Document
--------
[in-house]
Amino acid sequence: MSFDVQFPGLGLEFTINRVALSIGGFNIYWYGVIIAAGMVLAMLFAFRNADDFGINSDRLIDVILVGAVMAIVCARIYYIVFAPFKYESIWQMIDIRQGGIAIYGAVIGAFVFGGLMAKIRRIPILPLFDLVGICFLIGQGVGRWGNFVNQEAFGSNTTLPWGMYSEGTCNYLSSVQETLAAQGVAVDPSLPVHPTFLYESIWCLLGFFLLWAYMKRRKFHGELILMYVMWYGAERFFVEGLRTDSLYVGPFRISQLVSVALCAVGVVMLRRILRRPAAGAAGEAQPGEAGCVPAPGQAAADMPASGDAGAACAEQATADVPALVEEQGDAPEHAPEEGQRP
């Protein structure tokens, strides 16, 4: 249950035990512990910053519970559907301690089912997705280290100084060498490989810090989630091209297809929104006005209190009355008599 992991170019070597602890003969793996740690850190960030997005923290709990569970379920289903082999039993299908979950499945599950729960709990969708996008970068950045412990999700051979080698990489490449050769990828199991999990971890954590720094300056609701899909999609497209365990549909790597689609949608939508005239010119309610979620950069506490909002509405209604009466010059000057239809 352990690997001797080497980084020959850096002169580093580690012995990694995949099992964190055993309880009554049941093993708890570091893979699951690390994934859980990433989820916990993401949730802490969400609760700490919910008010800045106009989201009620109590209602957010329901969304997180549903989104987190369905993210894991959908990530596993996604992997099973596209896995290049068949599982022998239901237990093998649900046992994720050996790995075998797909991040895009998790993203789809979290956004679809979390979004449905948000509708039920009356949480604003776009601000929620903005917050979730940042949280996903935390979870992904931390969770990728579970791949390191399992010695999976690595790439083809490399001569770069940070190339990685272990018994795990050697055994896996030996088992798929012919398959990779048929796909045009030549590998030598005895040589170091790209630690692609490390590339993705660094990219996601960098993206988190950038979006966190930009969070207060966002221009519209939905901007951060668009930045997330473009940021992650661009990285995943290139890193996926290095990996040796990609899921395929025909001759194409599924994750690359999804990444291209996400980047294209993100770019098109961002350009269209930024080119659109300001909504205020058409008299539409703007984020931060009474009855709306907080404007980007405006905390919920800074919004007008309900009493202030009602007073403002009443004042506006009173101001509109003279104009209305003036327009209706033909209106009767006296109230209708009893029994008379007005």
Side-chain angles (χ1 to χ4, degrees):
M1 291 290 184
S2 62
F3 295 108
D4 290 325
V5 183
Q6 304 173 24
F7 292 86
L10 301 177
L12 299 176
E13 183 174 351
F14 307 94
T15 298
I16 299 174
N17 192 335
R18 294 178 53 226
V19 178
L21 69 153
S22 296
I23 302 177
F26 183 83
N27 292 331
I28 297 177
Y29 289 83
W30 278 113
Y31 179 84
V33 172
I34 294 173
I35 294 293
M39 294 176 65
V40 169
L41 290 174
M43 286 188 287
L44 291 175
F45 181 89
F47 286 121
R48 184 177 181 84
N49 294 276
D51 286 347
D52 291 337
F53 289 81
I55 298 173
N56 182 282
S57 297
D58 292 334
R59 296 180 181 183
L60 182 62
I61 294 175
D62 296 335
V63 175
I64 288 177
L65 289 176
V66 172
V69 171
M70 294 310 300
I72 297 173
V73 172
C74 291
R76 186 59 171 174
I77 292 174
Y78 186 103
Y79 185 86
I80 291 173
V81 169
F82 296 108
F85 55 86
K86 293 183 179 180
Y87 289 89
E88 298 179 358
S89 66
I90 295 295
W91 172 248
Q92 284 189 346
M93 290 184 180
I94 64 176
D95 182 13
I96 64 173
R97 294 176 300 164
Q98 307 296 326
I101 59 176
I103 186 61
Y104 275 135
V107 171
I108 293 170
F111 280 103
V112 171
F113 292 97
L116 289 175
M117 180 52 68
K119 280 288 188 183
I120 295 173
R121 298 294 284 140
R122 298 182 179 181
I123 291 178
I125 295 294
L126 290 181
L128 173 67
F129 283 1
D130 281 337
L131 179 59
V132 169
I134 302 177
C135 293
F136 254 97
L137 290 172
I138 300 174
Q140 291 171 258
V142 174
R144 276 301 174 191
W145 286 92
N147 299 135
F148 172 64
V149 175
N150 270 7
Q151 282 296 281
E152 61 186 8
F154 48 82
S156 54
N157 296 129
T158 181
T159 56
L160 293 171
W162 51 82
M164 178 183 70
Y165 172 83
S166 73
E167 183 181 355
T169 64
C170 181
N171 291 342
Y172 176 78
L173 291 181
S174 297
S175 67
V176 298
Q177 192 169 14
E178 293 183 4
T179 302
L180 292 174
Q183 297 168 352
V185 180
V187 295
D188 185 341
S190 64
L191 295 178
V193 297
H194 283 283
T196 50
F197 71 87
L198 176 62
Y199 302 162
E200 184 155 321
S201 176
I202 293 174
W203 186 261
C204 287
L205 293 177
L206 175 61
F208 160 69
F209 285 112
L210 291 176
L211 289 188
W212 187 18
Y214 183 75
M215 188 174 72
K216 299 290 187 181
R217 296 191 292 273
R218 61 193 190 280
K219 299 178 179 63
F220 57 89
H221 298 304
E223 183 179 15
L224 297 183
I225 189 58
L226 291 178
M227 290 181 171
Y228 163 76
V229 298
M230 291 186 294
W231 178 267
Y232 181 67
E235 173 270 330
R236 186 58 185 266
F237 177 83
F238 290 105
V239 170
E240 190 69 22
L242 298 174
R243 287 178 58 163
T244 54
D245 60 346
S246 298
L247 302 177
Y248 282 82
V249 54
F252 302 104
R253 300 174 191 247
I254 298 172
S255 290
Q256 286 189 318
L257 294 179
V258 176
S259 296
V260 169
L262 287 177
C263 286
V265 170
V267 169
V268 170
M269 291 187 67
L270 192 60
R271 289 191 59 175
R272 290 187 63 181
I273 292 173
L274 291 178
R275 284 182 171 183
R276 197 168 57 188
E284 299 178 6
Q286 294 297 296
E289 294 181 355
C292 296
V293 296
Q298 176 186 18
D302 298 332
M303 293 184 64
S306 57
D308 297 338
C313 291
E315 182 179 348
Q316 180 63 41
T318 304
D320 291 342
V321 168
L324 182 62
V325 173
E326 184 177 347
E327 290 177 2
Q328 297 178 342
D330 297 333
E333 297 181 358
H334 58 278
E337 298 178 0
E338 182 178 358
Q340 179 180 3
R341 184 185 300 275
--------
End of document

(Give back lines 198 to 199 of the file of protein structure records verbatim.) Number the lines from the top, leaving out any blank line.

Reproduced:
V249 54
F252 302 104